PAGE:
All the above studies review different aspects of trace-based analysis. However, they lack a unified way to analyze multilevel multinode trace data, which we address. We propose a solution to collect execution data from different layers and different sources, process them, extract the required information, and place them in a common data store to use in a posteriori analysis phase. This analysis synchronizes the data and performs a global analysis based on the common features (i.e., clock time and process names) between the data at different layers and from different sources.

3. Architecture

A distributed system is composed of different computers interconnected through the network. To ensure a comprehensive analysis, it is important to collect traces at different levels: user-space level, kernel level, and network level. The collected information is then sent to an automated tool for unified analysis. The general architecture of the proposed solution is presented in Figure 1. The next section will provide a detailed description of each of those components.

3.1. Data Collection
3.1.1. User-Space Tracing

User-space tracing is a technique to collect program runtime data by probing the different points of application code. It can be used for anomaly and fault localization in software code. Developers can embed different probes (tracepoints) in the important parts of the software code to get execution logs at runtime when the execution reaches them. Then, by analyzing these logs, users can understand what is actually happening in the different parts of the software.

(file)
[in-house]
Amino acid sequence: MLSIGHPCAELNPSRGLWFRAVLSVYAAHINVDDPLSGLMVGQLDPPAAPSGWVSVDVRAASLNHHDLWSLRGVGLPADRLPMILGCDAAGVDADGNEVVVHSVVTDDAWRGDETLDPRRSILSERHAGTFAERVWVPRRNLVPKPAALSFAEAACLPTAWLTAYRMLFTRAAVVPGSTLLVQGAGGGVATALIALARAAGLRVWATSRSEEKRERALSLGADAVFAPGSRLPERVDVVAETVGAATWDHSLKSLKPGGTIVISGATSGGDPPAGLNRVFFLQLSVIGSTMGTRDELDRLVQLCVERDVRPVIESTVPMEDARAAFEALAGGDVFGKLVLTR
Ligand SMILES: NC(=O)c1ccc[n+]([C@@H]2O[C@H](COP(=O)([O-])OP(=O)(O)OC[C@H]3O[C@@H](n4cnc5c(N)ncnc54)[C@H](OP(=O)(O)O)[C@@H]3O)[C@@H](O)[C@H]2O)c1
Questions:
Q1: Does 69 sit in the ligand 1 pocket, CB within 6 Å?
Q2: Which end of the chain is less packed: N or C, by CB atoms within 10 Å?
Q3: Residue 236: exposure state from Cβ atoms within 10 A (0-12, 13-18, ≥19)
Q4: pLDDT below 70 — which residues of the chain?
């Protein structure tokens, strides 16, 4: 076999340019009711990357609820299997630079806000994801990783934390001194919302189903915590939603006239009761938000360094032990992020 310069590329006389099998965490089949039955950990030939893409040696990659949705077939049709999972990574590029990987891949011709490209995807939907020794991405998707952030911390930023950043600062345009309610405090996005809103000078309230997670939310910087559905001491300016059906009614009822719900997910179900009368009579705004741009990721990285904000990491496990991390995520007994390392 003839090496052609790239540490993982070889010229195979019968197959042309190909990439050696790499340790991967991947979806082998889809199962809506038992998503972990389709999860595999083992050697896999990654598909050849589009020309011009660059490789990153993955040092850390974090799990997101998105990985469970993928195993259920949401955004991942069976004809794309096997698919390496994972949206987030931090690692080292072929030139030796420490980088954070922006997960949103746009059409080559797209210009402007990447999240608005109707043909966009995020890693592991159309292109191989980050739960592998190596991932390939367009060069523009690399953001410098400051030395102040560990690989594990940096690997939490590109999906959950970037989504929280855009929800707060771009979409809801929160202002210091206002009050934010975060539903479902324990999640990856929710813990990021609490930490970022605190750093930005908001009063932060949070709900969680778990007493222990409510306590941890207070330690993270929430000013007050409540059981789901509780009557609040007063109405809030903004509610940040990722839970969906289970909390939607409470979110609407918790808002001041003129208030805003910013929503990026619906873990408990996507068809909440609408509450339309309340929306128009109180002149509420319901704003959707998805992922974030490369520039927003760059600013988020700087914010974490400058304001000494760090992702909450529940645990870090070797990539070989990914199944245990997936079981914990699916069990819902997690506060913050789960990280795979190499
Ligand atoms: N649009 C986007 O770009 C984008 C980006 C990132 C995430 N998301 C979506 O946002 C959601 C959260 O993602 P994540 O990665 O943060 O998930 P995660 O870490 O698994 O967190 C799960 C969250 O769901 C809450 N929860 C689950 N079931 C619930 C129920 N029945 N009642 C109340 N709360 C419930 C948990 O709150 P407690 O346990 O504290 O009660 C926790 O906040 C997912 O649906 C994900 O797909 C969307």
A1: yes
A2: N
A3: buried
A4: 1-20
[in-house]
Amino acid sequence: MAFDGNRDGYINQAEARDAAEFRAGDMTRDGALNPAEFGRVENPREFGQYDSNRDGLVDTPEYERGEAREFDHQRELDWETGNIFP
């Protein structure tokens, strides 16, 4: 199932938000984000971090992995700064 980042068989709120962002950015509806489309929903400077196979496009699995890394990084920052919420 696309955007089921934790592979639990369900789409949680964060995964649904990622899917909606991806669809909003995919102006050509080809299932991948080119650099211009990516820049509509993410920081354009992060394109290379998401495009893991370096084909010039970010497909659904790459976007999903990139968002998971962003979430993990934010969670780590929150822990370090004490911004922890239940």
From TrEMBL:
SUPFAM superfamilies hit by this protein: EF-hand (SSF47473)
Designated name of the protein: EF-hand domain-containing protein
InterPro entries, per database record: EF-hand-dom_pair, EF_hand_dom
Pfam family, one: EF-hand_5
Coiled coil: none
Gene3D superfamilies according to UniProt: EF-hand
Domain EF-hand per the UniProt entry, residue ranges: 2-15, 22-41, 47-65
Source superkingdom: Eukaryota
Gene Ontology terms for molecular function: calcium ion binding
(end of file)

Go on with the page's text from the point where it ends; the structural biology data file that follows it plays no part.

However, it is also possible to trace a user-space application without changing its source code. To do so, the core library is replaced with a wrapper library and the program calls the functions from the new wrapper library using LD_PRELOAD or other interception techniques. The wrapper library in turn calls the functions from the original library but includes some tracing before and after. Figure 2 shows this technique. Arrow number 1 shows the original path between the program and the library. Arrows 2 and 3 show the new calling path going through the wrapper library.